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If you’ve been wondering “Why am I tired all the time?” you may be chronically sleepy, or fatigued, or both. If you truly want to understand why you’re so exhausted, and find a solution, it helps to know the difference between the two. Often some detective work is needed before you can regain your energy.
Tiredness symptoms are often used to describe both fatigue and sleepiness. In fact, the three terms are often confused and, in reality, have plenty of overlap between them. The definitions and distinctions between them are blurry and difficult to make, even by doctors. However, fatigue and sleepiness are actually different conditions, and tiredness is more of a general word that can describe either fatigue or sleepiness.
Excessive Daytime Sleepiness
Sleepiness is normal when it functions as the signal that triggers onset of sleep. Normal sleepiness or tiredness symptoms are part of healthy physiological functioning, depend on previous sleep, and occur at regular intervals following a circadian rhythm.
Abnormal sleepiness is associated with falling asleep or ﬁghting to stay awake at inappropriate times. If it persists for a few months or more, sleepiness is considered chronic and abnormal. In the medical world these persistent tiredness symptoms are often referred to as “excessive daytime sleepiness” or “hypersomnia”. Excessive daytime sleepiness is defined as “the inability to stay awake and alert during the major waking episodes of the day, resulting in unintended lapses into drowsiness or sleep”.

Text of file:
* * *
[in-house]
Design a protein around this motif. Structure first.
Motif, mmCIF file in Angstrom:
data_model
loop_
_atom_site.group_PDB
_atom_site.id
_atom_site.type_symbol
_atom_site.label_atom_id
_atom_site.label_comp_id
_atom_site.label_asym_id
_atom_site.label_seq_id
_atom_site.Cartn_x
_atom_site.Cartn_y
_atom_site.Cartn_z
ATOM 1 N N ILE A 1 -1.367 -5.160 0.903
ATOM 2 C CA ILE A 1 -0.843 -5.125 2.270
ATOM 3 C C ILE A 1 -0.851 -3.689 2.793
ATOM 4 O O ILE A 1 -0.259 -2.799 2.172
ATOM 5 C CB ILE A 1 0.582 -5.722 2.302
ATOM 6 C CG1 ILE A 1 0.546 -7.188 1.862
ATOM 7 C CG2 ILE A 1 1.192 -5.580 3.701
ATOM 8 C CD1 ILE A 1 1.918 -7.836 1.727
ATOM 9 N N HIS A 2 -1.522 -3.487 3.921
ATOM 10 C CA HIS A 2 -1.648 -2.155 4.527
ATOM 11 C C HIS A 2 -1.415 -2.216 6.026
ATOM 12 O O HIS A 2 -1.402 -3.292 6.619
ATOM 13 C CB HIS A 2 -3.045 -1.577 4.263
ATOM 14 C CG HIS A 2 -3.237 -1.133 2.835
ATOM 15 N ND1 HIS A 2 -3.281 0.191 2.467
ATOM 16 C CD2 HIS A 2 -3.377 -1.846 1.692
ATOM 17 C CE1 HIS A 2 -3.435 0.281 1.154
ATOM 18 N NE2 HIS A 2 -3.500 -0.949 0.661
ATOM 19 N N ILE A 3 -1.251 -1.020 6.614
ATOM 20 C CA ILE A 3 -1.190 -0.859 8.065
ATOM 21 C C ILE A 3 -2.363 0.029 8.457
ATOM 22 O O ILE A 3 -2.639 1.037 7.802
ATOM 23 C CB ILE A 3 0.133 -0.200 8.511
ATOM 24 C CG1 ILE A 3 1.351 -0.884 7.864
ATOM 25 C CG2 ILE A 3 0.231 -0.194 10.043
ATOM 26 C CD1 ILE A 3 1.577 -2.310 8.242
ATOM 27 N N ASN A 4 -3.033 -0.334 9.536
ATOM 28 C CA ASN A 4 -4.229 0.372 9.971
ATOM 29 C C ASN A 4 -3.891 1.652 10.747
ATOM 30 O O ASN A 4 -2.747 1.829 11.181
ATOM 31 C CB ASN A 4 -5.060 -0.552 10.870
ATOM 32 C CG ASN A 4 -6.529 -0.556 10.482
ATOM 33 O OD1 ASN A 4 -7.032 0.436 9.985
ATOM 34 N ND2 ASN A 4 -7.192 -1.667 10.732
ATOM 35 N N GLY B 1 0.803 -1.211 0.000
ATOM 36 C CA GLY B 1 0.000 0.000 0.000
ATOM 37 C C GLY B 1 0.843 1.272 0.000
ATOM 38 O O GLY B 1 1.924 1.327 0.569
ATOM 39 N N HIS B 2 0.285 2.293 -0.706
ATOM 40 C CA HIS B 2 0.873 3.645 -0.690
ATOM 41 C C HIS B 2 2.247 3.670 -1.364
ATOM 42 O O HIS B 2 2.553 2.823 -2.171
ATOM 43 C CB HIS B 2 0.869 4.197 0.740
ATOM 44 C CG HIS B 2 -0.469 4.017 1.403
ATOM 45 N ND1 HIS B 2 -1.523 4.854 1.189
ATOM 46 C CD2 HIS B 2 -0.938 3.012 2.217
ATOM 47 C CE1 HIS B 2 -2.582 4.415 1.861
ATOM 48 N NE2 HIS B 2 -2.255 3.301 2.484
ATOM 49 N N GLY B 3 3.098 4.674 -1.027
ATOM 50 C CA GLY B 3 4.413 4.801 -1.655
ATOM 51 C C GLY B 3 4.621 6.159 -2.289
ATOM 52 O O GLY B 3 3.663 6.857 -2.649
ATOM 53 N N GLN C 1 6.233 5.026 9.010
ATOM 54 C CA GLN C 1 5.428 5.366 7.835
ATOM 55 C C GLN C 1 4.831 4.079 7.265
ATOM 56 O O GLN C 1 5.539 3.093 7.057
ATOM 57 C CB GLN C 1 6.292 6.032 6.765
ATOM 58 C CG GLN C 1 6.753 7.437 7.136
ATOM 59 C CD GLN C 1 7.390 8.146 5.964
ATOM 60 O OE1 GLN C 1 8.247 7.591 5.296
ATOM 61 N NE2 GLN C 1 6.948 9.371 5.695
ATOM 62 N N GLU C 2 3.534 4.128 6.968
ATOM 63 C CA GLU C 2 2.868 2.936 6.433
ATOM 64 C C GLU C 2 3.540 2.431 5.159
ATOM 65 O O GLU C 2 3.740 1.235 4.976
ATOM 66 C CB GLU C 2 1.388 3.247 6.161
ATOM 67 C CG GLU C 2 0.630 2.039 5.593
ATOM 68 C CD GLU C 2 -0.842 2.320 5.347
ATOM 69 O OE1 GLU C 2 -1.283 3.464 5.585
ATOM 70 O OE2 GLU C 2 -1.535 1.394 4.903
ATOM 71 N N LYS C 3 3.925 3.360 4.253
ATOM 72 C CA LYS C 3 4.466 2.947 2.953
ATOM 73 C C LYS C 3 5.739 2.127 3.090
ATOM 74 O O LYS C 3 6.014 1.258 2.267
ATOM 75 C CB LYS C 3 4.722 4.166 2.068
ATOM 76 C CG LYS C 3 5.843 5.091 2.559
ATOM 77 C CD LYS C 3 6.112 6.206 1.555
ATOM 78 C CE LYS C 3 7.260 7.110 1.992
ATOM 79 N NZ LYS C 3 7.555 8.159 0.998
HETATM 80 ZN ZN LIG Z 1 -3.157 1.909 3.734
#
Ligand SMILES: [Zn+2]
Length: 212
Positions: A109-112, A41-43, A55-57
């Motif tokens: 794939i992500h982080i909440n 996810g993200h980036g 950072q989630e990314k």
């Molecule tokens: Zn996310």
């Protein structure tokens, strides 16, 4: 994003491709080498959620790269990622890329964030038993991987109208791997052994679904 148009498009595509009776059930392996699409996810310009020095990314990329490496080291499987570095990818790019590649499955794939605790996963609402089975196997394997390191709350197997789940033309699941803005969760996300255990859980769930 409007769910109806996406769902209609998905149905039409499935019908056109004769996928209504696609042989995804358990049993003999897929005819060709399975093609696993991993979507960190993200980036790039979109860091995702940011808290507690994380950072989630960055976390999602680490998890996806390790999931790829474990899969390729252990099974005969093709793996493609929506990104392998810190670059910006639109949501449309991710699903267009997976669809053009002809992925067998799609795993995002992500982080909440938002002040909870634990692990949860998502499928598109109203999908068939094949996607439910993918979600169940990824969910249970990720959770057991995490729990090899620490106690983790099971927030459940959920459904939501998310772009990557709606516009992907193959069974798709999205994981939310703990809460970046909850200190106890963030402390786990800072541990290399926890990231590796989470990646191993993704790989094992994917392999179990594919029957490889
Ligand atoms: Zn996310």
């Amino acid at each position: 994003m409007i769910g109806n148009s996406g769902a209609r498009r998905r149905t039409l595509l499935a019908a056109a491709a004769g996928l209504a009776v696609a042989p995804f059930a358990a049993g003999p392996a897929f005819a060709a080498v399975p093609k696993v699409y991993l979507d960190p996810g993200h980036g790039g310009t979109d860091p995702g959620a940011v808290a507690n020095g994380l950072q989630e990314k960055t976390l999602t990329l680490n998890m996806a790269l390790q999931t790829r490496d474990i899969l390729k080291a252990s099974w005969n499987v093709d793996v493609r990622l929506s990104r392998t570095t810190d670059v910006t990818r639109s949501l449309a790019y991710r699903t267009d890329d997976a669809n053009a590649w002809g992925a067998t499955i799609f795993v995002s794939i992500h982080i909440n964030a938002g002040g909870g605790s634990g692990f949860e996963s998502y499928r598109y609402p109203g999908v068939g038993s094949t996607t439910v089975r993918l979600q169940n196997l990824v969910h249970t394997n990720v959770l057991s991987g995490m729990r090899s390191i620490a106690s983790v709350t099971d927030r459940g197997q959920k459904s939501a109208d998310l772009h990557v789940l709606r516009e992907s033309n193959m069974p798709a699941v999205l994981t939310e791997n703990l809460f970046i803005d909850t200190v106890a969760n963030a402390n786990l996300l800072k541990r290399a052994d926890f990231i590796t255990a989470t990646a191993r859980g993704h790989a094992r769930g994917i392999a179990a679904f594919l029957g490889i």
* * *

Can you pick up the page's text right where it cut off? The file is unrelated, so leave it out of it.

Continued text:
Excessive daytime sleepiness is one of the most common complaints made to sleep specialists. The excessive tiredness symptoms are not to be taken lightly. Excessive daytime sleepiness results in reduced quality of life and is associated with an increased risk of diseases such as coronary heart disease and strokes, and even with an increased risk of dying from any cause.[1,2]
The severity of daytime sleepiness is typically determined using a short standardized questionnaire called the Epworth Sleepiness Scale. A score of greater than or equal to 10 indicates excessive daytime sleepiness.
Fatigue is defined as an overwhelming sustained sense of exhaustion and decreased capacity for physical and mental work at the usual level. Obviously, life itself becomes difficult when your body is too tired to move and your brain is too tired to think. Unless you are also suffering from disrupted sleep, fatigue is not usually accompanied by excessive daytime sleepiness that results in unintended lapses into sleep. In order to recover from fatigue, you need rest, not just sleep.
The severity of fatigue can also be determined using a standardized questionnaire called the Fatigue Symptom Inventory. An average score of greater than or equal to 3 indicates significant fatigue.
How to Boost Your Energy Levels
There are a variety of natural remedies that help boost energy levels without the side effects associated with the use of pharmaceutical drugs or the harmful stimulants found in many over-the-counter energy products. To learn more about these natural remedies that can help you regain your vitality, view our resources on the topic or these blog discussions specifically.
- 3 Natural Remedies for Insomnia: Fall Asleep and Stay Asleep
- Fatigue Causes Include Lack of 4 Specific Nutrients
- Chronic Fatigue Treatment: Which Nutrient Worked Best in Clinical Study?
This article was originally published in September 2012 and has been updated.